Wilford Brimley, the unlikely character actor who brought both curmudgeonry and geniality to films like Cocoon, The China Syndrome, The Natural and Tender Mercies, has died at the age of 85.
Brimley’s agent Lynda Bensky confirmed to the New York Times that the actor had been sick for two months with kidney ailments; the actor — a longtime spokesperson for Liberty Medical — had been diabetic since the Seventies. Brimley died Saturday at a hospital near St. George, Utah, where the actor resided.
“Wilford Brimley was a man you could trust. He said what he meant and he meant what he said,” Bensky told CNN. “He had a tough exterior and a tender heart. I’m sad that I will no longer get to hear my friend’s wonderful stories. He was one of a kind.”
With his walrus mustache and stocky build, Brimley was not a traditional actor, and he held a variety of jobs — blacksmith, cowboy, ranch hand and reportedly Howard Hughes’ bodyguard — before his friend, actor Robert Duvall, persuaded him to try acting. Brimley first worked as a stuntman and extra before making his credited debut in 1974 with a guest-starring role in The Waltons.
Brimley’s first big-screen credit, at the age of 45, was a small but memorable role in 1979’s The China Syndrome, playing the friend of Jack Lemmon’s nuclear power plant whistleblower. Over the next few decades, Brimley would continue his trend of supporting but scene-stealing roles, including his memorable one scene of work as an assistant U.S. district attorney in 1981’s Absence of Malice; Brimley would later parody that scene while playing a Postmaster General on a 1997 episode of Seinfeld:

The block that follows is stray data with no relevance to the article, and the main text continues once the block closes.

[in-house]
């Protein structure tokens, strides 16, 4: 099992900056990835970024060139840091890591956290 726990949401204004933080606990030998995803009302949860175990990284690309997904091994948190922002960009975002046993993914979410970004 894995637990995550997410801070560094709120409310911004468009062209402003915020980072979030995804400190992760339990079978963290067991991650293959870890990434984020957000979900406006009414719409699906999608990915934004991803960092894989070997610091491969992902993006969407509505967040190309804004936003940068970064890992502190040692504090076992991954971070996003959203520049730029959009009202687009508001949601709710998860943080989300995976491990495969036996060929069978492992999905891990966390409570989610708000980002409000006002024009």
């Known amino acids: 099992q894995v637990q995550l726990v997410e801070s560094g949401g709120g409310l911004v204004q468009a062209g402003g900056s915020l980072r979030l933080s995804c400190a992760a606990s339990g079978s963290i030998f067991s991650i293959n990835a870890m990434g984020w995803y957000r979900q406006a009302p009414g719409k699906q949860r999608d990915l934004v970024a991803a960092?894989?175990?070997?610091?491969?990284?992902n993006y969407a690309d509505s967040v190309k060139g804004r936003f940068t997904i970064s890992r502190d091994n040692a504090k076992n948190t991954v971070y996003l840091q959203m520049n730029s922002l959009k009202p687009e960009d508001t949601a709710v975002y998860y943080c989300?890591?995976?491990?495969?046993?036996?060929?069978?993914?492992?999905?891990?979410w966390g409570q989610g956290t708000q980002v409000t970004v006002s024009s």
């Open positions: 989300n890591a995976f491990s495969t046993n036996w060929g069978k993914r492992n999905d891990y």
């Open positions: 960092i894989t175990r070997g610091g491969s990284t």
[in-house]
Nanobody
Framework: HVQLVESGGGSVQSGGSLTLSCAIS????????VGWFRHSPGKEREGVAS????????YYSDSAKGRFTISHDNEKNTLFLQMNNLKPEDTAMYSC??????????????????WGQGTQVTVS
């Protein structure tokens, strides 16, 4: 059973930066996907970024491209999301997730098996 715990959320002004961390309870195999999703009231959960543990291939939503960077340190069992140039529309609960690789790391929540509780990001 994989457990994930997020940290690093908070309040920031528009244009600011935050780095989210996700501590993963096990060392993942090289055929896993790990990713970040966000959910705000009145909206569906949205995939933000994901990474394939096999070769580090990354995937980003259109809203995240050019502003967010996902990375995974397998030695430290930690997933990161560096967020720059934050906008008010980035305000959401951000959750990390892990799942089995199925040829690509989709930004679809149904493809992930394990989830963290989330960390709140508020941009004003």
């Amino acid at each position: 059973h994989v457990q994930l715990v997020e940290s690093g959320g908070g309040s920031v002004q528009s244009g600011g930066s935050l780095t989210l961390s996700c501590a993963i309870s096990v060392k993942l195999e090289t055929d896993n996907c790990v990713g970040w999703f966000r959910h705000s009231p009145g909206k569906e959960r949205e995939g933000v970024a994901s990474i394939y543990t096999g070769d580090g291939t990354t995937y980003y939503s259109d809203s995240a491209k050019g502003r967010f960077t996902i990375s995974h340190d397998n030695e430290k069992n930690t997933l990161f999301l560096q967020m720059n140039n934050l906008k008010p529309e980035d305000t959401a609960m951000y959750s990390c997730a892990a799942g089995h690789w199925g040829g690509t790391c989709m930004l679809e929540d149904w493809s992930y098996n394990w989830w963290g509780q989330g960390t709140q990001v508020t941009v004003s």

While Brimley was most often cast as affable yet crotchety types in films like The Natural, Tender Mercies, My Fellow Americans and In & Out, he sometimes lent his gruff characteristics to villain roles, including the squirrelly, paranoid biologist in John Carpenter’s The Thing and the duplicitous chief of security in the Tom Cruise-starring adaptation of The Firm.
In addition to his big screen work, Brimley became known to a generation of TV watchers for his near-constant presence in Quaker Oats ads, as well as his efforts to promote diabetes education in Liberty Mutual commercials, which later took on a second life thanks to YouTube and memes. The American Diabetes Association honored Brimley in 2008 for decades spent imploring viewers to check their blood sugar.
“He was a wonderful man, a joy to be around, and his dry sense of humor and iconic voice left an everlasting impression on every person he met,” Brimley’s talent agent Dominic Mancini, said in a statement to The Hollywood Reporter.
“To know Wilford was to love Wilford. He had an amazing career and sliced through the screen with his dry wit, stoic stature and powerful conveyance. His unique blend of unexpected comedy and indelible storytelling will always remain unmatched.”
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